There is nothing quite like the smell and taste of cinnamon. Sweet, earthy, and spicy, cinnamon is the warm spice that helps usher in the fall and winter seasons. It is a versatile spice that can be used all year long in almost any dish, such as both sweet and savoy. It gives flavor to cinnamon rolls, apple pie, mulled wine, and is delicious in ground beef. Cinnamon is a spice that is made from the inner bark of trees scientifically known as Cinnamomum. It has been used as an ingredient throughout history, dating back as far as Ancient Egypt. It used to be rare and valuable and was regarded as a gift fit for kings.
The distinct smell and flavor of cinnamon are due to the oily part, which is very high in the compound cinnamaldehyde. Scientists believe that this compound is responsible for most of cinnamon’s powerful effects on health and metabolism. An astounding and exciting benefit of a daily dose of cinnamon is its impact on type 2 diabetes. It can help manage this condition by reducing blood pressure and improving insulin sensitivity. Certain compounds in cinnamon can imitate the effects of insulin and help regulate blood sugar, a function which is crucial for those with diabetes.
Cinnamon is loaded with powerful antioxidants, such as polyphenols. Antioxidants help protect your body from oxidative damage caused by free radicals, which are responsible for the aging process and also the formation of some kind of illness and disease. Cinnamon has incredible anti-inflammatory properties. Cinnamaldehyde is the amazing compound that gives cinnamon its odour and flavour, and it can also ease swelling and prevent blood platelets from clumping together. Its anti-inflammatory qualities don’t stop there; it can also block certain substances associated with abnormal cell growth and thereby lower the risk for diseases such as cancer.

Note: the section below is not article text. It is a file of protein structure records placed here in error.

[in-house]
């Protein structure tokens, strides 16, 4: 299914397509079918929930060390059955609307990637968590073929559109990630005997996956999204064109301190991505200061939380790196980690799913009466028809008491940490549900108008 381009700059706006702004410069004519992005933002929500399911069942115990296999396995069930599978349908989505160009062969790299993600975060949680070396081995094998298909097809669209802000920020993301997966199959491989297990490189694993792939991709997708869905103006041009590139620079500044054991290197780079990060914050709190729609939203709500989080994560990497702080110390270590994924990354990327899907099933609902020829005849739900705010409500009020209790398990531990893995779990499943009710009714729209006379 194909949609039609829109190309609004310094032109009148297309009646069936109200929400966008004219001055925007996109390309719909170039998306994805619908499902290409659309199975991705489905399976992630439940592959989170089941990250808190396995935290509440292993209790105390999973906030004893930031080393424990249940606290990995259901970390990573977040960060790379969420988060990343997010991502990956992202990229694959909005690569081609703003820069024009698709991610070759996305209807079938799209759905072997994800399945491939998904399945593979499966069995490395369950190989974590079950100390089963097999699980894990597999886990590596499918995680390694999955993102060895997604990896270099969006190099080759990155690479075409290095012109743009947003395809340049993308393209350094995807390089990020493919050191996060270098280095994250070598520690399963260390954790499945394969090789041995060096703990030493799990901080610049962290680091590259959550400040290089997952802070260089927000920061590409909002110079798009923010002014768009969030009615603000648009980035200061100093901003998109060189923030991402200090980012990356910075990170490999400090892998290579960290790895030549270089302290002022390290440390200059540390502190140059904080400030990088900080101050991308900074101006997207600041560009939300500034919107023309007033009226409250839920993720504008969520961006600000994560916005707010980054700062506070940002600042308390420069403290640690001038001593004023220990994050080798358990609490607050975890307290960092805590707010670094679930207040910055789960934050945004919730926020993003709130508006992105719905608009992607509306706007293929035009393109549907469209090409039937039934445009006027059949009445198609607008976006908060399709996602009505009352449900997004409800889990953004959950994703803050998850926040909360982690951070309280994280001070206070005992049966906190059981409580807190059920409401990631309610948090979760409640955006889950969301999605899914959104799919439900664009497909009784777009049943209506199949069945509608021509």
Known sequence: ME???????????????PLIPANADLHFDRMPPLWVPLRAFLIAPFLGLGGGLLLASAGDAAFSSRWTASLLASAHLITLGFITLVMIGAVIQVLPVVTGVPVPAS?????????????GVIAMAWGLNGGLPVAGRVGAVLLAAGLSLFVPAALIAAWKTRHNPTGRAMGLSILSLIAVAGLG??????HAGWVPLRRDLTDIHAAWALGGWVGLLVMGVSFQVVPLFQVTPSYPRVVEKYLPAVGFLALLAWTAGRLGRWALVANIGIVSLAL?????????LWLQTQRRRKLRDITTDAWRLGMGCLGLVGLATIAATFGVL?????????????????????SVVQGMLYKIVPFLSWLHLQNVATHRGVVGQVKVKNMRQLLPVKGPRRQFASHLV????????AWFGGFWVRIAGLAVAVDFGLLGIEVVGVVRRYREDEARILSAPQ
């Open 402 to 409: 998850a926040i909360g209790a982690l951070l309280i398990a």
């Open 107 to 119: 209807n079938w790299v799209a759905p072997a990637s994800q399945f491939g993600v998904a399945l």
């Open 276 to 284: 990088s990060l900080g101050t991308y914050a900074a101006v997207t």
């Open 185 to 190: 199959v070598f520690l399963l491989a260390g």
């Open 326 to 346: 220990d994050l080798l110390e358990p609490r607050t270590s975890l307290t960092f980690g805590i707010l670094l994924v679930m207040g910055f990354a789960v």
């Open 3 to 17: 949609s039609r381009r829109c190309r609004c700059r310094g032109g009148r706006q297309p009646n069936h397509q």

There is a growing body of evidence that cinnamon may help prevent Alzheimer’s Disease. According to researchers, an extract present in cinnamon bark, called CEppt, contains properties that may prevent symptoms from developing. Mice who received the extract experienced a decrease in features of Alzheimer’s, such as amyloid plaques, and improvements in their ability to think and reason. If further research confirms its effectiveness, this extract — but not necessarily whole cinnamon — may be useful in developing therapies for Alzheimer’s.
Private Home Care loves sweet cinnamon! It is used in Mary’s irresistible baklava to give it its special flavor. Cinnamon is easy to incorporate into your diet, whether it be in your coffee, a smoothie, or morning oatmeal, you can’t go wrong with cinnamon!